Abstract in English:Differences on reproductive performance between two sampling points of the porcelain crab Pachycheles monilifer from Ubatuba (São Paulo, Brazil), one from Itaguá Beach (living on Schizoporella errata) and the other from Grande Beach (living on Phragmatopoma caudata) has been previously observed. Therefore could be expected a specific behavior in substrate preference to optimize the best biogenic habitat. Considering this premise, our goal was to test the substrate preference of this species when both substrates were simultaneously available. In total, 185 individuals were collected in these same localities and they were submitted to substrate selection experiments. The trials were conducted on containers with quiet seawater at 28 ± 1°C and under dark photoperiod. Specimens were exposed to substrates by 30 min. Trials started with the release of one animal per treatment in the middle of the opposite side to the substrate inside the containers. After the established time, the substrate preference of each porcelain crab was verified. As result, no preference pattern was found and the choices in the experiment were not significantly different from the expected. This lack of preferences may be an indication that porcelain crabs are generalists in habitat use regardless of sex of individuals and potential benefit in fitness. Therefore, the differences on the reproductive aspects of the P. monilifer probably are associated with environment factors not simulated in this study and may indicate the occurrence of plasticity in habitat selection behavior.
Abstract in English:Mud shrimps (formerly Thalassinidea) are common burrow dwelling decapod crustaceans in the littoral zone of the Persian Gulf and Gulf of Oman. Their burrow morphology was investigated using foam casting methods. The present study shows that the burrow morphology in Upogebia carinicauda is not consistent and the recorded variations are based on habitat type and some physical characteristics of sediments. Adult burrow morphology in sandy-muddy substrate with shells, and boulder field habitats were Y-shaped and complex burrows of horizontal channels with turning chambers and vertical connections to internal passages or crevices of boulders, respectively. In burrows of U. carinicauda, some narrow passages, connected to the upper part of adult burrows in sandy-muddy habitats, belong to juveniles. Another species, Neocallichirus jousseaumei was found under boulders in sandy-muddy habitats of the Gulf of Oman and Qeshm Island, Persian Gulf. Since this type of habitat is special in some features, no conspicuous ex-current openings (usually obvious as conical mounds of extruded sediment) have been observed on the sediment surface; as these were hidden among the boulders surrounded by mixed sand and shells. The only method for observing this type of burrow was to remove the boulders by hand or lever.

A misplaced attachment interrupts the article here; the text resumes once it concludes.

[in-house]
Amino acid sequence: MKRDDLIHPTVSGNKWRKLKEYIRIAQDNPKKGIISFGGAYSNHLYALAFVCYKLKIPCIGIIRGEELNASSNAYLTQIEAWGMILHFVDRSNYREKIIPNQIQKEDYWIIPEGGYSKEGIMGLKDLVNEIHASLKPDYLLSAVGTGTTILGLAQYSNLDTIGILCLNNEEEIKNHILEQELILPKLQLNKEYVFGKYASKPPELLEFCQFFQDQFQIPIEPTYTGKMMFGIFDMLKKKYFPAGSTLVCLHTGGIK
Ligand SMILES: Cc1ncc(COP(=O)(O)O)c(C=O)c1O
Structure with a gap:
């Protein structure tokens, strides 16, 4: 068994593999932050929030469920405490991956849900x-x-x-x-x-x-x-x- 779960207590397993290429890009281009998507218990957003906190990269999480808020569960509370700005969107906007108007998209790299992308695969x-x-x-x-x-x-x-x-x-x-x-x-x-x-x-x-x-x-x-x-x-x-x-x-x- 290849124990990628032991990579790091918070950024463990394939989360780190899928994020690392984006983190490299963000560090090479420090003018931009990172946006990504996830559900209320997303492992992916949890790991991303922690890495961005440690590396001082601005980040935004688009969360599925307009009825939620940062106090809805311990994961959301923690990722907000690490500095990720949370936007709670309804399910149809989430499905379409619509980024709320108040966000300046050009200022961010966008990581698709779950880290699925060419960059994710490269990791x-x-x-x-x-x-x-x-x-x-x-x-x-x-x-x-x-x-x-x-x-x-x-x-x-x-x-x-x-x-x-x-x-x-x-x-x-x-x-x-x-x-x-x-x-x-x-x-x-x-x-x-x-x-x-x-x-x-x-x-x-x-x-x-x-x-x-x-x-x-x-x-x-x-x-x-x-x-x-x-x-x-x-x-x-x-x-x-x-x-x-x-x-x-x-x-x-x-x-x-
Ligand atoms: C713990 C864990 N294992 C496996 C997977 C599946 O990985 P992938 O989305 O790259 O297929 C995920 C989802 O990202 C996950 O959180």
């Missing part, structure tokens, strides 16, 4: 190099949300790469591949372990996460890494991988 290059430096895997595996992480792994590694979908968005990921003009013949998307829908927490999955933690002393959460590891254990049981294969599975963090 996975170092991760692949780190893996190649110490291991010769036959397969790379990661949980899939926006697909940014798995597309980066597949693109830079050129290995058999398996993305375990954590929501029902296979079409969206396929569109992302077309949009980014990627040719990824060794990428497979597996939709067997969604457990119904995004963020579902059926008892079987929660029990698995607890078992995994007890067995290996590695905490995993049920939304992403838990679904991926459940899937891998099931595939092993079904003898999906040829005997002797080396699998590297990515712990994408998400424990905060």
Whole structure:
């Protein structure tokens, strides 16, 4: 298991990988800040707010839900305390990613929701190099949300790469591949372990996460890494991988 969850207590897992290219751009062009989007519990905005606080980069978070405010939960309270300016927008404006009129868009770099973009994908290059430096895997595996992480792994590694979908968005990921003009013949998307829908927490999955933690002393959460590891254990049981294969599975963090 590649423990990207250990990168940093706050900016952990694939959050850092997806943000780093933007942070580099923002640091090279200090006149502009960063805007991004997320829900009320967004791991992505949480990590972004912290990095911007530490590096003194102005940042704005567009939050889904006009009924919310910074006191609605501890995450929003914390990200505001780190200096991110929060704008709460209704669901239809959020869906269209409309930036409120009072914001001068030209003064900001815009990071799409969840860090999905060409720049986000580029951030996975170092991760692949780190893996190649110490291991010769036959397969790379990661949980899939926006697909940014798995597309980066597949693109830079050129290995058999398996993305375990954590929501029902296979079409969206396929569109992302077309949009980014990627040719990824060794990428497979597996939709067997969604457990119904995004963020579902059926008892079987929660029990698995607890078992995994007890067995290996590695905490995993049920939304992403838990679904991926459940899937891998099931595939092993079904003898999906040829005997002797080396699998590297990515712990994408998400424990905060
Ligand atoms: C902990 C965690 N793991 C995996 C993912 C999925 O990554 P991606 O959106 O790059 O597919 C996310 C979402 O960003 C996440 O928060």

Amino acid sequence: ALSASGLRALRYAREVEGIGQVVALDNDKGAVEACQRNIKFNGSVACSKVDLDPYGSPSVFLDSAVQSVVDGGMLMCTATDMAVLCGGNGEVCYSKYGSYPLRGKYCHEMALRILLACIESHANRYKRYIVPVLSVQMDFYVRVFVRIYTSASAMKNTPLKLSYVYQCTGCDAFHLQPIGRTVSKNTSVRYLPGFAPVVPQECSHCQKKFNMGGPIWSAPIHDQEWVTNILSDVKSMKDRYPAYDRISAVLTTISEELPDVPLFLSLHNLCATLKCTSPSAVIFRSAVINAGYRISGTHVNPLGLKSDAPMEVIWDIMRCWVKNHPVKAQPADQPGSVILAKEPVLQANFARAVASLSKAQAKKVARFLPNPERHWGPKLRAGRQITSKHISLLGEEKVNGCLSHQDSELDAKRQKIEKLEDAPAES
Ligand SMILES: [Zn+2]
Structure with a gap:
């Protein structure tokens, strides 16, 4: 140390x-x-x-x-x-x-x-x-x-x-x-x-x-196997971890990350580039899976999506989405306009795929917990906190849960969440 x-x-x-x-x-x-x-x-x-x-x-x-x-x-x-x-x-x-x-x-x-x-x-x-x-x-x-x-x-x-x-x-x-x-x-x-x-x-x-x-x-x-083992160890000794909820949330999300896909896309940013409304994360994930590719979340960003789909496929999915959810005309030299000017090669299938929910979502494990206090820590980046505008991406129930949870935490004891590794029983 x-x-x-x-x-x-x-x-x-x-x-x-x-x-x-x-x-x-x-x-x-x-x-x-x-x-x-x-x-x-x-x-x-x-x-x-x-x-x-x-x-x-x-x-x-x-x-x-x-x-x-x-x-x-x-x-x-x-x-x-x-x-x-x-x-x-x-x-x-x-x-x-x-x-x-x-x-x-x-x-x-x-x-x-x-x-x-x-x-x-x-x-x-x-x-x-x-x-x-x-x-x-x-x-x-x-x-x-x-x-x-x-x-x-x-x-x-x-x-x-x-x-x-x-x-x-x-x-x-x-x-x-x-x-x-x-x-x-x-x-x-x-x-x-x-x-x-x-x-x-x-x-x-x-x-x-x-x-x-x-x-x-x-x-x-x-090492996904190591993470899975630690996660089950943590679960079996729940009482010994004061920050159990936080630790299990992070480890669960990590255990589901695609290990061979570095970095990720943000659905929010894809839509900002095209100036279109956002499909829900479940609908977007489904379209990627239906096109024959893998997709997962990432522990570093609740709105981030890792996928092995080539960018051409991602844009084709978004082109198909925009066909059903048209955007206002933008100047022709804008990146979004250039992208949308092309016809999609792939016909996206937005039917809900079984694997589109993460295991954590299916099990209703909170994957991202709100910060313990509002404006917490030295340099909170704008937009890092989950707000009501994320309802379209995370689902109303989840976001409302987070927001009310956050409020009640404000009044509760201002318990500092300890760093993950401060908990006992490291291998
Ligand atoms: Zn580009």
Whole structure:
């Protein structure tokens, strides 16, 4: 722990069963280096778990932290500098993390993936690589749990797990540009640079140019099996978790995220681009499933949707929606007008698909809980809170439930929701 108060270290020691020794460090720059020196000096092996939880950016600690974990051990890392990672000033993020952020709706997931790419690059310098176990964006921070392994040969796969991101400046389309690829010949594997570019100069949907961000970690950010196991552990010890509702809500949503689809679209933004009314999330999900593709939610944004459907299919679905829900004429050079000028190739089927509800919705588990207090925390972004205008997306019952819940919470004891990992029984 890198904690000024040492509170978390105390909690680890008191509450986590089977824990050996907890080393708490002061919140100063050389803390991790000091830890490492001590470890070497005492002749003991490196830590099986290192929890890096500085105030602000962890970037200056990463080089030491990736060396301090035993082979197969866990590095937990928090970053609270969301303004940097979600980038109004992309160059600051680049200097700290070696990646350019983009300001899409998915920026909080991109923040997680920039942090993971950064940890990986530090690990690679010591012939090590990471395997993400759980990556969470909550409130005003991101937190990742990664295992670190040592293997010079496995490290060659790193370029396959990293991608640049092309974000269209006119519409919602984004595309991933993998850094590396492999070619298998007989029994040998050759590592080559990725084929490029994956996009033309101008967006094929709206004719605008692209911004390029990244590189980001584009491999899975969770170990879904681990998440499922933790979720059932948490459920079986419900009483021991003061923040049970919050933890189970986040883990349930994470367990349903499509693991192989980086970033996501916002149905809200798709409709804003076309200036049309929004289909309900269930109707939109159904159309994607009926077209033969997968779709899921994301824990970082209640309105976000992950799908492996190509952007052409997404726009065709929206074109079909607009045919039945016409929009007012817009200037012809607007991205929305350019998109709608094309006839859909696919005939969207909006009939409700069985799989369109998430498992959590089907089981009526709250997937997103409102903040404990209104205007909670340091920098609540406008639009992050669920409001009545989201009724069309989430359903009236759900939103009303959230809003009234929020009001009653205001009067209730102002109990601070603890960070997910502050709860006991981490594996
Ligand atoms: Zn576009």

Abstract in English:Clam shrimps are small crustaceans typical of temporary ponds. To survive in these highly variable and unpredictable environments, they produce resistant eggs. These settle on the bottom of pools where they remain dormant, forming a cyst bank. We investigated the effects of light and temperature, both of which break the dormancy of Eulimnadia colombiensis eggs. Dormancy was not broken below 25°C, irrespective of the effect of light. Hatching was highest (27.8% of eggs) at 30°C in continuous light. Light also influenced the development of eggs, and some nauplii hatched spontaneously without drought stress. Methods are suggested for the cultivation of this species in tropical areas.
Abstract in English:Some members of the Pinnotheridae family exhibit close symbiotic relationships with bivalves, which may cause severe damage to the mollusk. The condition index (CI) is a tool that serves to evaluate the effect of biotic and abiotic factors on the morphology and physiology of mollusks, including those caused by symbiotic organisms. In the present study, we evaluated the effects of the infestation of the pinnotherid crab Austinotheres angelicus on the oyster Saccostrea palmula through monthly sampling (April to November 2012) in Punta Morales, Pacific coast of Costa Rica. A total of 245 oysters were analyzed, of which 38% were infested by the pinnotherid crab. Most of the oysters analyzed (92%) varied in depth between 1.5 and 15.0 mm; 89% of the infested oysters were in this depth range. The prevalence was positively correlated with the depth of the oyster. Our results revealed that crab infestation could reduce the CI by 11 to 33%. The obtained findings suggest that the infestation by A. angelicus provokes alterations of the flesh production of the oyster, especially when the association is with a pair of crabs including an ovigerous female. The association of A. angelicus with S. palmula is best described as facultative parasitism for male crabs and obligatory parasitism for females.